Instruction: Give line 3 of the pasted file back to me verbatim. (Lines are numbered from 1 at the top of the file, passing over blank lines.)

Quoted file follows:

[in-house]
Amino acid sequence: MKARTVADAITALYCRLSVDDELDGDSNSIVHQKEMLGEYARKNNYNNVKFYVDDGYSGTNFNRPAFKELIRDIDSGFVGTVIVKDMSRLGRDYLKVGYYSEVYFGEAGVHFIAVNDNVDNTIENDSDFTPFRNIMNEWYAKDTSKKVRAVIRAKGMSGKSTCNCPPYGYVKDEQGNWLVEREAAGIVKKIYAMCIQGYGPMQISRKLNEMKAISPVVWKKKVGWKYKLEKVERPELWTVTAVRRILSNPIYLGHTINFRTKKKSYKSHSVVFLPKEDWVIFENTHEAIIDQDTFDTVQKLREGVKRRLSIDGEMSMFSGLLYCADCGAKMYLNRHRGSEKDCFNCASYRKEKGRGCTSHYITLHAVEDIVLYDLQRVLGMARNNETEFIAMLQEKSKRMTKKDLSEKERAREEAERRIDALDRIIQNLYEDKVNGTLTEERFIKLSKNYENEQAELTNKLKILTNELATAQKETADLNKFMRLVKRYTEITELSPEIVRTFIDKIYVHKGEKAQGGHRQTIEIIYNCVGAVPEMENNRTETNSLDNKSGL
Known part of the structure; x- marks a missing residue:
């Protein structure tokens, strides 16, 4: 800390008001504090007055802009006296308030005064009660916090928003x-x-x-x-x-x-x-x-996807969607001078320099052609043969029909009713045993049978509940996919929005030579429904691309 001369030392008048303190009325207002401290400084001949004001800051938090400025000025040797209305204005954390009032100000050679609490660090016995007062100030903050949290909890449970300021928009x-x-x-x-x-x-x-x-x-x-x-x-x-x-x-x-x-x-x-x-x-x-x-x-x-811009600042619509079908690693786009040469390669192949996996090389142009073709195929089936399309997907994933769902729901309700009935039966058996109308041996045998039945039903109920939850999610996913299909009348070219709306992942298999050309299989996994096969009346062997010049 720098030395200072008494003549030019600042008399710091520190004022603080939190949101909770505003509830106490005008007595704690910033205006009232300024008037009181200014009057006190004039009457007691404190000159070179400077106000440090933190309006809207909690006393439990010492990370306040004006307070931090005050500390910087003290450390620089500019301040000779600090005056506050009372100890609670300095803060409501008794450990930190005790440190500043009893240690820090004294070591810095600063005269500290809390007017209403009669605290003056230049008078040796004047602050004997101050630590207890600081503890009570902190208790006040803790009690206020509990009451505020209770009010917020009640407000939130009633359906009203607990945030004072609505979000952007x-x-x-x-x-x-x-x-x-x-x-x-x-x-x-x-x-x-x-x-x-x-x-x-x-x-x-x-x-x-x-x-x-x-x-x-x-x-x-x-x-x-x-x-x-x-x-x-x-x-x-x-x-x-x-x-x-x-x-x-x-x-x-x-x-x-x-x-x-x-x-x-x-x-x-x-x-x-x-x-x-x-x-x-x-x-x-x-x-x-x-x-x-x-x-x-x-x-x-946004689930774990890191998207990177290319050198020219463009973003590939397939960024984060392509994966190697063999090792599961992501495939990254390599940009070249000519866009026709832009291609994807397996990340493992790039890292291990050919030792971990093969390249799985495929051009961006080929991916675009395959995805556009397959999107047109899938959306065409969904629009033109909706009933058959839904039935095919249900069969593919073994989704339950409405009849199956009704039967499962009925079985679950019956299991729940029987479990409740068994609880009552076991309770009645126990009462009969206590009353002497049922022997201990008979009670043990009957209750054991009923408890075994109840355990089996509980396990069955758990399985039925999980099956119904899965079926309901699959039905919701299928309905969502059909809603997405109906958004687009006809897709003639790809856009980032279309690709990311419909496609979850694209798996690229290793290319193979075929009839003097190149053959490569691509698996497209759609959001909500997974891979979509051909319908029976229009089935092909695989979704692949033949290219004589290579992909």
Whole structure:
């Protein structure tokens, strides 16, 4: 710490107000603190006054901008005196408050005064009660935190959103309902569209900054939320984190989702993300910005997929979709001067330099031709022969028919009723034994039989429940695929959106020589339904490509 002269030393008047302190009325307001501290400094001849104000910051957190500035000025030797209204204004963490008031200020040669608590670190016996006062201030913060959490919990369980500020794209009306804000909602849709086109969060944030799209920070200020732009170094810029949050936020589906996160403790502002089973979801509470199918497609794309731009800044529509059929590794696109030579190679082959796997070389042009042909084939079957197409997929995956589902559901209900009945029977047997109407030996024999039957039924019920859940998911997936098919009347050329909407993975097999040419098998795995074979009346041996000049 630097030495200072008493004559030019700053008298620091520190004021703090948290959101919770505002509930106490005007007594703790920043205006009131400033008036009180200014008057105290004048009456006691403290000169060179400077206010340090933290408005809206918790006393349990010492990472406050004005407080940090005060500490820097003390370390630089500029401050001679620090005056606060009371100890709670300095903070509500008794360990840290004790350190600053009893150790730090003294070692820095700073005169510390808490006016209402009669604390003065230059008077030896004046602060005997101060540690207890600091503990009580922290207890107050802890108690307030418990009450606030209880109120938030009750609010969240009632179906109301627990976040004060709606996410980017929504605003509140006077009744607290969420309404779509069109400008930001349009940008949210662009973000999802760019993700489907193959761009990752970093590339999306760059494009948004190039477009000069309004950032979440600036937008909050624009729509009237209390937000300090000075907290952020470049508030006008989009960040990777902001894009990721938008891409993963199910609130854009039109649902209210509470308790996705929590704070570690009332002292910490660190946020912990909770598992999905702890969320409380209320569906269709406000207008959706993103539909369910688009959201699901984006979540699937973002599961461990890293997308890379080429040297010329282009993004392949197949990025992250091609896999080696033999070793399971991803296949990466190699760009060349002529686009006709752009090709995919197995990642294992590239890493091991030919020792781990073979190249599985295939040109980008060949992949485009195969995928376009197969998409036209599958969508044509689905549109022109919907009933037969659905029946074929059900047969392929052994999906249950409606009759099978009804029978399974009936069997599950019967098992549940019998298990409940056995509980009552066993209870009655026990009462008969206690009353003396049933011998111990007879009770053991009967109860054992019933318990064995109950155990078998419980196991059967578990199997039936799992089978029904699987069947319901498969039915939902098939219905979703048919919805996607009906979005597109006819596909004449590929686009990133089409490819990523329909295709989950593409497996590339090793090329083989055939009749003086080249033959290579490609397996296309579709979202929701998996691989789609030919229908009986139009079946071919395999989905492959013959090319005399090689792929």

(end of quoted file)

Known part of the structure; x- marks a missing residue: